Results. We identified 233 eligible studies, of which 140 reported on UI outcomes, 96 on quality of life, and 127 on adverse events. Studies evaluated 16 categories of interventions with 53 specific interventions. Fourteen intervention categories have been evaluated for UI outcomes; all except hormones and periurethral bulking agents were more effective to achieve at least one favorable UI outcome than no treatment (variable strength of evidence [SoE]). Among 1st or 2nd line interventions for stress UI, behavioral therapy (BT, alone and in combination with hormones) was more effective than either alpha agonists or hormones to achieve cure or improvement (moderate SoE); alpha agonists were more effective than hormones to achieve improvement (moderate SoE). Among treatments used as 1st or 2nd line interventions for urgency UI, BT was significantly more effective than anticholinergics to achieve cure or improvement (high SoE). Among 3rd line interventions for stress UI, intravesical pressure release, but not periurethral bulking agents, was more effective than no treatment (variable SoE). Neuromodulation, which is commonly used for treatment of urgency UI, is more effective than no treatment of stress UI for cure, improvement, and satisfaction (high SoE). Among studies of women with only stress UI, indirect evidence suggests that intravesical pressure release is more effective to achieve improvement than combination BT and neuromodulation, and triple combination neuromodulation, hormones, and BT may be more effective than either periurethral bulking or combination neuromodulation and BT (all low SoE). Among treatments used as 3rd line interventions for urgency UI, both neuromodulation and onabotulinum toxin A (BTX) are more effective than no treatment (high SoE), and BTX may be more effective than neuromodulation to achieve cure (low SoE). BT, neuromodulation, and anticholinergics resulted in better quality of life than no treatment (low SoE). Urinary tract infections (UTIs) were reported in 11 percent of women receiving transcutaneous electrical nerve stimulation and erosion in 1.6 percent of women with the periurethral bulking agent macroplastique (low SoE). Dry mouth was the most commonly reported adverse event for the anticholinergic oxybutynin (36%) and the alpha agonist duloxetine (13%) (high SoE). BTX was associated with UTIs (36%) and urinary retention (10% to 20%) (moderate SoE). Constitutional adverse events (e.g., nausea, insomnia, fatigue) were common with duloxetine (moderate SoE).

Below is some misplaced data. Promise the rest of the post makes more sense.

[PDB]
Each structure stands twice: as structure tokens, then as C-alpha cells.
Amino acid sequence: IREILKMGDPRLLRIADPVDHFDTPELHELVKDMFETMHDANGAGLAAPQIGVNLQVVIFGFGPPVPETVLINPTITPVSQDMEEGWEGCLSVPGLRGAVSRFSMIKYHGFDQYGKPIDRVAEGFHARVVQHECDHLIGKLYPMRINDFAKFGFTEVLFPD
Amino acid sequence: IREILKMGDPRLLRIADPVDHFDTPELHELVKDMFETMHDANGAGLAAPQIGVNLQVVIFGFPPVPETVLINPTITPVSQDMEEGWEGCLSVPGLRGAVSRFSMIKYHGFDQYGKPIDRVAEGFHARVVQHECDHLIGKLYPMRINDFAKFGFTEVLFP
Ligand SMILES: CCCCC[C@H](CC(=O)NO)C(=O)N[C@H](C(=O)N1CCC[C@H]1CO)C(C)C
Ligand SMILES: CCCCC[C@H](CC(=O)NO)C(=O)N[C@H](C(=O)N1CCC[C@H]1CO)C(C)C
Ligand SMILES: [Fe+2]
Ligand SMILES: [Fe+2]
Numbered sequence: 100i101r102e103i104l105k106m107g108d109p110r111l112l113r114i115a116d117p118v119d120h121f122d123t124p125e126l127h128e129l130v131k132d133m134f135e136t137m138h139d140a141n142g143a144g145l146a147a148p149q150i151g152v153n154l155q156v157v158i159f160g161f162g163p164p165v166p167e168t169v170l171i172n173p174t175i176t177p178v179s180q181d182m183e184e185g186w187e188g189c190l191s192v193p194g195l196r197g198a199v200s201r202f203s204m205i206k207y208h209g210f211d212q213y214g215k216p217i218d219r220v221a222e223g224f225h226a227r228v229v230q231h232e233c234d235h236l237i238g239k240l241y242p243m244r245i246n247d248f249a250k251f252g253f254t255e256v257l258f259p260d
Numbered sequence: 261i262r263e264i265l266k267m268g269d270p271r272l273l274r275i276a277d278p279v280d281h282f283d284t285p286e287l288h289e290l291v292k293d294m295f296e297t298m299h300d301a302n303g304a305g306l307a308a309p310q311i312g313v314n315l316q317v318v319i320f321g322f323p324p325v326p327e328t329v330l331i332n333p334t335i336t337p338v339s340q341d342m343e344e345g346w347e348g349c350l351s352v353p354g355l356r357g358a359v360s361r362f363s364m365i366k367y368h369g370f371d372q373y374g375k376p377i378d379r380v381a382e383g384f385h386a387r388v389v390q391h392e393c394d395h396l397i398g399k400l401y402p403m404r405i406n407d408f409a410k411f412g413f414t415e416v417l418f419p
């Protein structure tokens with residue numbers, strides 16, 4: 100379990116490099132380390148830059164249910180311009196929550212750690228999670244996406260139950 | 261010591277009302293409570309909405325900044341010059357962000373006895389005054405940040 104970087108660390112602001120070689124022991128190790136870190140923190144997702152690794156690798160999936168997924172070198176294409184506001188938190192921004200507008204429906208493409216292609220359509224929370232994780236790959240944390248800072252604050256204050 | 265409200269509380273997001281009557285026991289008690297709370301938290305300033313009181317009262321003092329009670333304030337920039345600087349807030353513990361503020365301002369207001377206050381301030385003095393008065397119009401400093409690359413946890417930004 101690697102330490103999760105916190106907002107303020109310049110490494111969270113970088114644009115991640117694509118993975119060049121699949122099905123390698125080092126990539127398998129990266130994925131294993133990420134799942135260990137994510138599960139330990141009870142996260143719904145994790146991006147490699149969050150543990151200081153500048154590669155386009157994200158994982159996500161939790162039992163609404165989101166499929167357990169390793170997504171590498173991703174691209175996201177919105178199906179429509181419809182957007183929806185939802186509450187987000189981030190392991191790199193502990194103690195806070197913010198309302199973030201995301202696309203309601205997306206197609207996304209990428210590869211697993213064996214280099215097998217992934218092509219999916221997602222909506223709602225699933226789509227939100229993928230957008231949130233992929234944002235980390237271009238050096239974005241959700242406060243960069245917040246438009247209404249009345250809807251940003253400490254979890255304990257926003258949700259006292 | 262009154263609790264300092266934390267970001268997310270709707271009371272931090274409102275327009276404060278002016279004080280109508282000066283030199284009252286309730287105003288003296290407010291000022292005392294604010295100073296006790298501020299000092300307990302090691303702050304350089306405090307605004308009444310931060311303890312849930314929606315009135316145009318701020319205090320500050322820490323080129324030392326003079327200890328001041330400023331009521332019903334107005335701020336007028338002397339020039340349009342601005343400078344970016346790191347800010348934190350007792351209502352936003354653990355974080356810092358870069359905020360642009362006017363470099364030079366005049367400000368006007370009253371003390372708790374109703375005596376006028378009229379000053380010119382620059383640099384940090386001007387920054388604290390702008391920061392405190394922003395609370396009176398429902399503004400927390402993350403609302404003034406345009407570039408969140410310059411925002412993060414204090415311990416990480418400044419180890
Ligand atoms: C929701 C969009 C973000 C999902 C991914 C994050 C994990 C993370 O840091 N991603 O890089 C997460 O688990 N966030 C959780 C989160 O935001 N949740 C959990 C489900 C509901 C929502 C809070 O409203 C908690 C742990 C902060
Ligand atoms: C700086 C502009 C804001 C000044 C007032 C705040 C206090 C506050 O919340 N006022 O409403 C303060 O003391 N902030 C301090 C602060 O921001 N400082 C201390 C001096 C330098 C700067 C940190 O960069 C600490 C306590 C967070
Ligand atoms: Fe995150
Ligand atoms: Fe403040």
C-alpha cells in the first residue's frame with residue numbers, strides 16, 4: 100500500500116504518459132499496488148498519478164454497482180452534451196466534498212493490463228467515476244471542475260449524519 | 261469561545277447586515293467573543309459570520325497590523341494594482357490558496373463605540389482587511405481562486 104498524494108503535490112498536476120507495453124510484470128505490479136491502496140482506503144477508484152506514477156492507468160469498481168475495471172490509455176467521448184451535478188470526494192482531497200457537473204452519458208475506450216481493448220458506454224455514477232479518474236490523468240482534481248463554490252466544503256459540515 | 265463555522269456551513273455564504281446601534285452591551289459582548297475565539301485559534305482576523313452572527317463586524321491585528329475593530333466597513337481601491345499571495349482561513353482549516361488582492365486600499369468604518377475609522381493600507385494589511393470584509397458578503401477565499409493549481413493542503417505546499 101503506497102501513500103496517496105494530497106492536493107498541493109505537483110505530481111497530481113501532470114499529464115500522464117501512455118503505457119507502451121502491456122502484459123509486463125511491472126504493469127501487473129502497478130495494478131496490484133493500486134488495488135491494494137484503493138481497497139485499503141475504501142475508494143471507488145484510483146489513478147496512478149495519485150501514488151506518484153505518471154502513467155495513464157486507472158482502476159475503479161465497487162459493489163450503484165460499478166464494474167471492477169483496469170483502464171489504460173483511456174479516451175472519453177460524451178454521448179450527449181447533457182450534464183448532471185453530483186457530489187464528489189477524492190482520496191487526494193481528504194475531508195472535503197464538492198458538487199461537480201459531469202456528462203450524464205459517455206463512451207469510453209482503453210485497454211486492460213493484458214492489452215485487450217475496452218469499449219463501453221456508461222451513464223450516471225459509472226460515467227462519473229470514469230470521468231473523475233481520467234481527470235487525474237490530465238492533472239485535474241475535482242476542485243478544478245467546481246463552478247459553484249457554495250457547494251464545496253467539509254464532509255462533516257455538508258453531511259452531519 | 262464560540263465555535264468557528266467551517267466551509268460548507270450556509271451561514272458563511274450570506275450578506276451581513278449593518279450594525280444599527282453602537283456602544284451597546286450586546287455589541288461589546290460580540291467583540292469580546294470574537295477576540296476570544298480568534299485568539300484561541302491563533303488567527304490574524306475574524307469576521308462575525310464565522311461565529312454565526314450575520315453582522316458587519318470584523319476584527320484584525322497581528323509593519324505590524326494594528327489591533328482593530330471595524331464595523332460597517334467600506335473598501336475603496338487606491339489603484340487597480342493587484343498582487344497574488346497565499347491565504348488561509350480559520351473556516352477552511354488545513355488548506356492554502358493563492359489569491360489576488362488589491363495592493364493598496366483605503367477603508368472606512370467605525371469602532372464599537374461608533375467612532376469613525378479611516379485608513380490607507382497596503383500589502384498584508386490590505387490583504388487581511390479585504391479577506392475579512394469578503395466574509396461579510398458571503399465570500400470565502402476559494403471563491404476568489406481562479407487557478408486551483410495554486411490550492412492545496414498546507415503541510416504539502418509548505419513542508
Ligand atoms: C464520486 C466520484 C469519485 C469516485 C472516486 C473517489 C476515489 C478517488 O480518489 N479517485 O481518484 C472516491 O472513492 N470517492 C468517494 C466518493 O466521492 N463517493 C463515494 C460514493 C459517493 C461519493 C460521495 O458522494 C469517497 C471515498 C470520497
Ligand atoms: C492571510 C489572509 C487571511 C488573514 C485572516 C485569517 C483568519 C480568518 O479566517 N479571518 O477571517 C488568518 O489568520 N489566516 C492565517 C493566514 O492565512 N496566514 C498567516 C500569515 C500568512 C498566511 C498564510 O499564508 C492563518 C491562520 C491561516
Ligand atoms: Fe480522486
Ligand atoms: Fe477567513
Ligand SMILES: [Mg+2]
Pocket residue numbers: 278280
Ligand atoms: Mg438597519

Conclusions. Network meta-analyses demonstrated that most nonpharmacological and pharmacological interventions are more likely than no treatment to improve UI outcomes and quality of life. BT, alone or in combination with other interventions, is generally more effective than 2nd line (pharmacological) therapies alone for both stress and urgency UI. Common adverse events with pharmacological treatments include dry mouth, nausea, and fatigue. BTX is associated with urinary infections and retention. Periurethral bulking agents are associated with erosion and need for surgical removal. Large gaps remain in the literature regarding head-to-head comparisons of individual interventions.
Suggested citation: Balk E, Adam GP, Kimmel H, Rofeberg V, Saeed I, Jeppson P, Trikalinos T. Nonsurgical Treatments for Urinary Incontinence in Women: A Systematic Review Update. (Prepared by the Brown Evidence-based Practice Center under Contract No. 290-2015-00002-I for AHRQ and PCORI.) AHRQ Publication No. 18-EHC016-EF. PCORI Publication No. 2018-SR-03. Rockville, MD: Agency for Healthcare Research and Quality; August 2018. Posted final reports are located on the Effective Health Care Program search page. https://doi.org/10.23970/AHRQEPCCER212.